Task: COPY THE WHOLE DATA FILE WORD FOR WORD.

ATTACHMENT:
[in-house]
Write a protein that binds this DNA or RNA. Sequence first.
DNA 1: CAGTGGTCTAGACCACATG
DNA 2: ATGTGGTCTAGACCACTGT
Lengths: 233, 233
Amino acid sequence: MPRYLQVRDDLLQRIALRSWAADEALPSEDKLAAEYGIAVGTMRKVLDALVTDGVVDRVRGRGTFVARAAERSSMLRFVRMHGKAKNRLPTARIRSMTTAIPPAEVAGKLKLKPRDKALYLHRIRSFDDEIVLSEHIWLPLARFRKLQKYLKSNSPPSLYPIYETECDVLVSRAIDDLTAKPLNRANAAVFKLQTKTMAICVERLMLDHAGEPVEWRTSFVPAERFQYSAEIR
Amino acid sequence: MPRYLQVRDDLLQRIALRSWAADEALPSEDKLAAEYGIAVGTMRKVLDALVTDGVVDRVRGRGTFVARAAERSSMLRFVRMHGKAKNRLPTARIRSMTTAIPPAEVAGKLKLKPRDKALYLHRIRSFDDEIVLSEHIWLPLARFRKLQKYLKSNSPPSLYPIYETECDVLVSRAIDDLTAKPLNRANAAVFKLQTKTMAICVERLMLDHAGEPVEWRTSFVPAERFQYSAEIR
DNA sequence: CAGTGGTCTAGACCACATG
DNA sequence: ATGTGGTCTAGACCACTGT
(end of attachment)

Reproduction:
[in-house]
Write a protein that binds this DNA or RNA. Sequence first.
DNA 1: CAGTGGTCTAGACCACATG
DNA 2: ATGTGGTCTAGACCACTGT
Lengths: 233, 233
Amino acid sequence: MPRYLQVRDDLLQRIALRSWAADEALPSEDKLAAEYGIAVGTMRKVLDALVTDGVVDRVRGRGTFVARAAERSSMLRFVRMHGKAKNRLPTARIRSMTTAIPPAEVAGKLKLKPRDKALYLHRIRSFDDEIVLSEHIWLPLARFRKLQKYLKSNSPPSLYPIYETECDVLVSRAIDDLTAKPLNRANAAVFKLQTKTMAICVERLMLDHAGEPVEWRTSFVPAERFQYSAEIR
Amino acid sequence: MPRYLQVRDDLLQRIALRSWAADEALPSEDKLAAEYGIAVGTMRKVLDALVTDGVVDRVRGRGTFVARAAERSSMLRFVRMHGKAKNRLPTARIRSMTTAIPPAEVAGKLKLKPRDKALYLHRIRSFDDEIVLSEHIWLPLARFRKLQKYLKSNSPPSLYPIYETECDVLVSRAIDDLTAKPLNRANAAVFKLQTKTMAICVERLMLDHAGEPVEWRTSFVPAERFQYSAEIR
DNA sequence: CAGTGGTCTAGACCACATG
DNA sequence: ATGTGGTCTAGACCACTGT